• Flu shot
  • Covid-19 shot and booster
  • Pneumococcal shot

You also can get a free Hepatitis B shot when you’re on Medicare and at medium or high risk for infection. Risk factors include diabetes, hemophilia, End-Stage Renal Disease, living with someone who has Hepatitis B or working in health care, and having frequent contact with bodily fluids.

Get exercise

Moving around is good for you, so make time for physical activity. Regular exercise, even for a few minutes a day, can help you keep your bones and muscles strong, reduce the risk of falls and live independently.

 

Walking, gardening and yard work are popular physical activities for seniors, and there are many basic exercises that you can do in your own home. Or you can join a gym or workout class. Exercising with others is a great way to bolster your mental health, and some Medicare Advantage plans cover fitness memberships.

 

Aerobic, flexibility and muscle-strengthening exercises benefit seniors in many ways:

 

  • Stronger and healthier muscles, bones and joints
  • Controlled joint swelling and pain from arthritis
  • More energy and improved stamina
  • Improved brain function
  • Lower blood pressure
  • Improved mood and sense of well-being
  • Lower risk of dying from coronary heart disease
  • Lower risk of developing colon cancer or diabetes
  • Improved balance

Don’t forget your mental health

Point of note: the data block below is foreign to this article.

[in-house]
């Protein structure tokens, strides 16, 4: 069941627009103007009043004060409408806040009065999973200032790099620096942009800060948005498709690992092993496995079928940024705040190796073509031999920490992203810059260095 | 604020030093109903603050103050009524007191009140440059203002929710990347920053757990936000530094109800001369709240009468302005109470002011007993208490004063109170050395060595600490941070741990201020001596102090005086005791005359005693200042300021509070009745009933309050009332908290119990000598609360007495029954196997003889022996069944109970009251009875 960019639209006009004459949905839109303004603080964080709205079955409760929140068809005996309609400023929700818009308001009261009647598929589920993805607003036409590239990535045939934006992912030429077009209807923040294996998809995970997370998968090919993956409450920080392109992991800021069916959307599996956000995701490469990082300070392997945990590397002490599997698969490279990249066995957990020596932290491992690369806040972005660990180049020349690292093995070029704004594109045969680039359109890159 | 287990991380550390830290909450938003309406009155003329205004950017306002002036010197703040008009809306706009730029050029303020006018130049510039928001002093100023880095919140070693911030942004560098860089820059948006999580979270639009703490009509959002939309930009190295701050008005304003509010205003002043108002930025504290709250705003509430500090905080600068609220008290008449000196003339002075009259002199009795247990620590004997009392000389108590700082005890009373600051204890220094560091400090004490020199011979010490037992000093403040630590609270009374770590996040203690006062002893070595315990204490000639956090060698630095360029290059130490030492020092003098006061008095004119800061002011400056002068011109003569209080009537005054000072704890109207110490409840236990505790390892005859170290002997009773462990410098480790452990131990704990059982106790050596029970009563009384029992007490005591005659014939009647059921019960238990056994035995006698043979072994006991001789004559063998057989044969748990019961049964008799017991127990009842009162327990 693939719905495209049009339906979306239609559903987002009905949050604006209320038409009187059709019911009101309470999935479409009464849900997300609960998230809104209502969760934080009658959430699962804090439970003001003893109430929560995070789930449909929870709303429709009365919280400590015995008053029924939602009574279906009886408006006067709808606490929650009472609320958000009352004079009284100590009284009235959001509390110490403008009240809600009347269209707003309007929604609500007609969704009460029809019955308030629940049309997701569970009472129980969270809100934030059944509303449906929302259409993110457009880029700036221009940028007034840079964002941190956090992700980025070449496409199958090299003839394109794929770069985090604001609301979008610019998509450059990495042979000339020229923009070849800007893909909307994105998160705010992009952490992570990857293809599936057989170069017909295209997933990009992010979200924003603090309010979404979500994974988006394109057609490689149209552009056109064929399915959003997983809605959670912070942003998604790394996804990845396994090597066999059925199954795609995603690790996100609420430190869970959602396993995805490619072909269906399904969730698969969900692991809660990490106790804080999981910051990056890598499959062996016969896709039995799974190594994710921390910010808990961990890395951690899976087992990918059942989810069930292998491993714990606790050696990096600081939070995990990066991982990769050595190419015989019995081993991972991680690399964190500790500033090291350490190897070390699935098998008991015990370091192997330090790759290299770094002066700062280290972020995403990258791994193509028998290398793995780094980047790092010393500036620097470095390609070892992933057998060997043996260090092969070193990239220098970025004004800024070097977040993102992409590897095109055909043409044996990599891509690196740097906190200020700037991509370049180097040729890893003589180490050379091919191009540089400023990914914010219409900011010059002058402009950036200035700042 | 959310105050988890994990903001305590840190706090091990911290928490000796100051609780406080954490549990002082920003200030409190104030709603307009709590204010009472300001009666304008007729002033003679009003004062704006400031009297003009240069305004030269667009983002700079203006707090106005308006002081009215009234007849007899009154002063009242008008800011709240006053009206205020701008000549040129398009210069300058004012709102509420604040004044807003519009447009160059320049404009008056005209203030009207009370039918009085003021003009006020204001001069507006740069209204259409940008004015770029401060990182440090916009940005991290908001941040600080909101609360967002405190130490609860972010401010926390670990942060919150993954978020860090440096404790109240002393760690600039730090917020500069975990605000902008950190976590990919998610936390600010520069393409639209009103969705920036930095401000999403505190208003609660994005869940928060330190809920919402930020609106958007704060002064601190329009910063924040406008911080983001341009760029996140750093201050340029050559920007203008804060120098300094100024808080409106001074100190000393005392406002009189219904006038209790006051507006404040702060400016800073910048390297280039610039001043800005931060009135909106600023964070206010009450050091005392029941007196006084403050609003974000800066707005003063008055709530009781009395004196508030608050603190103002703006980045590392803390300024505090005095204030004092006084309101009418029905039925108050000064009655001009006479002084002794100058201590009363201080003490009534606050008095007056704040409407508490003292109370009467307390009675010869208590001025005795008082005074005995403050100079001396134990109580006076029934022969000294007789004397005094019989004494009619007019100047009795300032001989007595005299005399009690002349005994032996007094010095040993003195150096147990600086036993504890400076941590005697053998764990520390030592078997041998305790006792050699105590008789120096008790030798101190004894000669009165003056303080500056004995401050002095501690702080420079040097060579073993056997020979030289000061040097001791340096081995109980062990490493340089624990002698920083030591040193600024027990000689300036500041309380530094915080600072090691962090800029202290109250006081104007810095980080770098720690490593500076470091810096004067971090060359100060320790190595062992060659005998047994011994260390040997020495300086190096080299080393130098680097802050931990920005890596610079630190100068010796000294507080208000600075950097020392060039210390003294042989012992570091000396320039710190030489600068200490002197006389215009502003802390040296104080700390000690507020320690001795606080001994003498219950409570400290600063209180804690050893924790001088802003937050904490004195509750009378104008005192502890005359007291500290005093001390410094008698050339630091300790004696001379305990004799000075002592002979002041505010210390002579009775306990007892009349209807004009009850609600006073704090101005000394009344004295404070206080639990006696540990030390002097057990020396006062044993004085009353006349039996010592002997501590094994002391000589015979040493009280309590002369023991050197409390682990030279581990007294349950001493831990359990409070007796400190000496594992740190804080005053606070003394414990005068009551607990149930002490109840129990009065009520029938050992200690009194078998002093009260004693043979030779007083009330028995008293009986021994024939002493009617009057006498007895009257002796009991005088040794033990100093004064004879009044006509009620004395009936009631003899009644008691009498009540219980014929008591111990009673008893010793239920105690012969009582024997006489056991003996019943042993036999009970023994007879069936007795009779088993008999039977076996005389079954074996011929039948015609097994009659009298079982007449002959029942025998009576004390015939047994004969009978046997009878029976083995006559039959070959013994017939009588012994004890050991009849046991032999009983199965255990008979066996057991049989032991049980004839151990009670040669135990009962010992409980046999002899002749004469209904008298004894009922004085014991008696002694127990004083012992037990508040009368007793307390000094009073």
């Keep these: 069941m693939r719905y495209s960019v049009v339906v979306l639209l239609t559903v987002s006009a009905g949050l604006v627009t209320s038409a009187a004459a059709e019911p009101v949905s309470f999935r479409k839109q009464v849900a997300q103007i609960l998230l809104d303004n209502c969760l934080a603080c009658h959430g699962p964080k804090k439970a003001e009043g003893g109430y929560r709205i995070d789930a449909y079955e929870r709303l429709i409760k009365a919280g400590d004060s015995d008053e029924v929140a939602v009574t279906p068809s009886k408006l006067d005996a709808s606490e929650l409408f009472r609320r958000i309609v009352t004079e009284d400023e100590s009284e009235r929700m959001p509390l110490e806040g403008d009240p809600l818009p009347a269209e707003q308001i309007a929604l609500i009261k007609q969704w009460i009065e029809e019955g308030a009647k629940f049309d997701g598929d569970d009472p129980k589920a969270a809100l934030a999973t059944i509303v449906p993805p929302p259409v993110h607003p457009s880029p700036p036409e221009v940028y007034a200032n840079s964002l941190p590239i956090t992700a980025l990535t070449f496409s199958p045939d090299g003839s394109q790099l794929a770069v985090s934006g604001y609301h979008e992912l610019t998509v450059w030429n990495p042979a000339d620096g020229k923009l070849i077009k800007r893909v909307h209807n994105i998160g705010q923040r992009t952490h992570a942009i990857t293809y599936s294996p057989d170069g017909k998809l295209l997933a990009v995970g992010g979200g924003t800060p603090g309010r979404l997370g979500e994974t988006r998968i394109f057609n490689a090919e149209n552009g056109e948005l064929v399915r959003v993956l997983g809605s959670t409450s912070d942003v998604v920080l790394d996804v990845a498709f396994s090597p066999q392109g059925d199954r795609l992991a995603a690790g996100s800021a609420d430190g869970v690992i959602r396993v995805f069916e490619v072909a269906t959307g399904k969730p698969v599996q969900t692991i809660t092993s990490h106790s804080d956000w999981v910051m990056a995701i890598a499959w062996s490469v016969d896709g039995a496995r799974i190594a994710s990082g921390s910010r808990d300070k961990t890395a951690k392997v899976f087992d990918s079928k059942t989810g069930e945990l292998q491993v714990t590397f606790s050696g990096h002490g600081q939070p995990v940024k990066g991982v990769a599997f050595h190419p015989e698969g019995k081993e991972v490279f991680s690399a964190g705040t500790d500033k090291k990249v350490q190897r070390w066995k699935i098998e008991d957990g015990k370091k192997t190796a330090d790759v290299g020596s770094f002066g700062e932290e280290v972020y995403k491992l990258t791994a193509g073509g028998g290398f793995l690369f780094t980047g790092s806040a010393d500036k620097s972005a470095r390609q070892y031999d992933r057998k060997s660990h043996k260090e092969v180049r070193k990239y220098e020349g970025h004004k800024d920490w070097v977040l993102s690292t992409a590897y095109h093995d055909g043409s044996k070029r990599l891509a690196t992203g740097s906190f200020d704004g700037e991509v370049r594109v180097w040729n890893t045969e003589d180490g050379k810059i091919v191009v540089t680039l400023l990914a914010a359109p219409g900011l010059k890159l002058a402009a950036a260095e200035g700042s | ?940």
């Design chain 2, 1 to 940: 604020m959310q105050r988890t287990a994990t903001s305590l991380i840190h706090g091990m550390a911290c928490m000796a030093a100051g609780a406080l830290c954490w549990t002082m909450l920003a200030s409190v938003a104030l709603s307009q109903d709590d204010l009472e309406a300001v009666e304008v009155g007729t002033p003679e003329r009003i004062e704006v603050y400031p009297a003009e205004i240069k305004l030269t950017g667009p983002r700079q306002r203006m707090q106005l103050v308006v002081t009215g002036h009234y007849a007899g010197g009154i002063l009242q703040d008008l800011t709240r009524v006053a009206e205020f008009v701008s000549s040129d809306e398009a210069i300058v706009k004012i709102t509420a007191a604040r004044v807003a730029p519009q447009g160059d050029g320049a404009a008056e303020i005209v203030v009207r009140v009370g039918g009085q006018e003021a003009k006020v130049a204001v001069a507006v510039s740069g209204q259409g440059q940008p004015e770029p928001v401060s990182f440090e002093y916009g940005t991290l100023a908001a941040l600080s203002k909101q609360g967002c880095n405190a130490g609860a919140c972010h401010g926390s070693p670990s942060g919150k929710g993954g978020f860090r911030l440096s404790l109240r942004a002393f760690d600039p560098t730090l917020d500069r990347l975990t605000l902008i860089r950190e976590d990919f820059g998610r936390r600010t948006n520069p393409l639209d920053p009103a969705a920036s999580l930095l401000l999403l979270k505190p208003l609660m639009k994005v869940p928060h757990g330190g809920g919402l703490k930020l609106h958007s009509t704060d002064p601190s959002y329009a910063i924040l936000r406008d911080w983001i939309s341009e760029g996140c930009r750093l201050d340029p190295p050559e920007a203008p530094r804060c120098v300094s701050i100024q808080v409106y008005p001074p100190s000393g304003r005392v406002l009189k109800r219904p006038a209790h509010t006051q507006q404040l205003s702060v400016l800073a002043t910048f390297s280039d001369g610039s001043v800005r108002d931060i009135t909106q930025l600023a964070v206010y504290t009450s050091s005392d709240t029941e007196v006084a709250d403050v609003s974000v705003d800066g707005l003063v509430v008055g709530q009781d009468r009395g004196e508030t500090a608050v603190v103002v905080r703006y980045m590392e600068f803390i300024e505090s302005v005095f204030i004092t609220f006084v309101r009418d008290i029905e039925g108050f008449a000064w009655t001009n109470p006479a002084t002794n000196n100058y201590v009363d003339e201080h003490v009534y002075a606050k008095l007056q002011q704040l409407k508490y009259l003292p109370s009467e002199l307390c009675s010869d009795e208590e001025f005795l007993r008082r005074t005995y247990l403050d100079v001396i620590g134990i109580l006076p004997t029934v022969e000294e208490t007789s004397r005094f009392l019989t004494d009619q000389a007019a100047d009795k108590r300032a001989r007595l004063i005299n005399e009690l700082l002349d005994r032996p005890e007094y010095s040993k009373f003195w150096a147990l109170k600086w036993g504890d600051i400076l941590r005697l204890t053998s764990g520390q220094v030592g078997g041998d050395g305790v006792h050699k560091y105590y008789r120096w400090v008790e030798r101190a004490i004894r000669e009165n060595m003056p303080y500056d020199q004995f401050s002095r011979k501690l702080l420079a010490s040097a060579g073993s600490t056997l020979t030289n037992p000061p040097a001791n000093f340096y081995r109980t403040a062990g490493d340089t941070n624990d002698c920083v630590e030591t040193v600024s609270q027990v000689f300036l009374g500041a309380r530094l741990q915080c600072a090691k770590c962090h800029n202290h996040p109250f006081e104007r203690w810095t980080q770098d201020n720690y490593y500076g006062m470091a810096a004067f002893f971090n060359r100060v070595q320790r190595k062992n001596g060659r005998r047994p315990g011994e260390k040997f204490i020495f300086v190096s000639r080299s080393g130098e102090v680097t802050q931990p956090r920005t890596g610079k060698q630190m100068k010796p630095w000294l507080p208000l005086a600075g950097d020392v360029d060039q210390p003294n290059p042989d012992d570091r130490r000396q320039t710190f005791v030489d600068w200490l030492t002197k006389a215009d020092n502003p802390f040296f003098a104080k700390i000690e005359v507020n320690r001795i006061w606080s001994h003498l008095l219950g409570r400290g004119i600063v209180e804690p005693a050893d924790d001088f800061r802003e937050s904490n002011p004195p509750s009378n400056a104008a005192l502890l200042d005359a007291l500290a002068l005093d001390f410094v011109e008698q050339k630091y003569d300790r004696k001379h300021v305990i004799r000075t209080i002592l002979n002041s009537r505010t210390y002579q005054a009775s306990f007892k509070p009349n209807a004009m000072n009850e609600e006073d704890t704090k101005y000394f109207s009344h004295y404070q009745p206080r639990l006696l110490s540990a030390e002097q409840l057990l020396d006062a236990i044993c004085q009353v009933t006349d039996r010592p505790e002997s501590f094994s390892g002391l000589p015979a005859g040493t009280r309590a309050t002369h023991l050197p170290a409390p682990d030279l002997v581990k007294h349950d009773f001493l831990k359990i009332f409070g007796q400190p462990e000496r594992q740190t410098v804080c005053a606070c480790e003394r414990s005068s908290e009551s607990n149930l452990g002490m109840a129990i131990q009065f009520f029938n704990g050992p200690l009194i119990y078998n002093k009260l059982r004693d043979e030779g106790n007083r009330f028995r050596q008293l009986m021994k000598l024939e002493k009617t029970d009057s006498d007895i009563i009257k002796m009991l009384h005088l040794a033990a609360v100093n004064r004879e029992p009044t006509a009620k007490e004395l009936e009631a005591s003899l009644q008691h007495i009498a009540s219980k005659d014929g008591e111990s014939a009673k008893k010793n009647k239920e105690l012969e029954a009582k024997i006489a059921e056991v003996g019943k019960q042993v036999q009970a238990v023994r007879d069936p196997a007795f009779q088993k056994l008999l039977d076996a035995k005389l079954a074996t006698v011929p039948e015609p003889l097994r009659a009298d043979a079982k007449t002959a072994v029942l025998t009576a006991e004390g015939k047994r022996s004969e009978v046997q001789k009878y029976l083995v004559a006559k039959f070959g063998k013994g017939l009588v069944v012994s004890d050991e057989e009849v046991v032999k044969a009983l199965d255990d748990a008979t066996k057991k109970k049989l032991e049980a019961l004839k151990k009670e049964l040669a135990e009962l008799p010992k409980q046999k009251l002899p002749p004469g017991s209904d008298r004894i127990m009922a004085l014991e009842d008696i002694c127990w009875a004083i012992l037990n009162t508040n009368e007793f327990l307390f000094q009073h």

Mental health isn’t always easy to manage, and aging brings its own concerns, but you don’t have to let anxiety and depression consume your senior years.

 

Medicare covers a free depression screening once every year if your provider accepts assignment, meaning they take direct payment of the Medicare-approved amount from Medicare.

 

Part B coverage also helps pays for psychiatric evaluations, individual and group psychotherapy, family therapy, medication management, partial hospitalization and other mental health services. After meeting your deductible, you pay 20 percent of the Medicare-approved amount.

 

Medicare Part A covers hospitalization for mental health treatment.

How can I find a primary care doctor near me who accepts Medicare patients?

NewPrimaryCare.com™ can help you find a quality primary care doctor who accepts Medicare and provides preventive care for seniors.

 

Our partner providers practice value-based care, meaning Medicare rewards them for helping their patients live healthier lives. With a value-based care doctor, you’ll have time to discuss your specific health needs and goals because your Medicare doctor is focused on you instead of the number of patients coming through the office.

 

You can expect quicker appointment scheduling, shorter waits at the doctor’s office and personal attention from a caring physician.

 

Use our Find Your Doctor tool to search for and compare value-based care providers near you.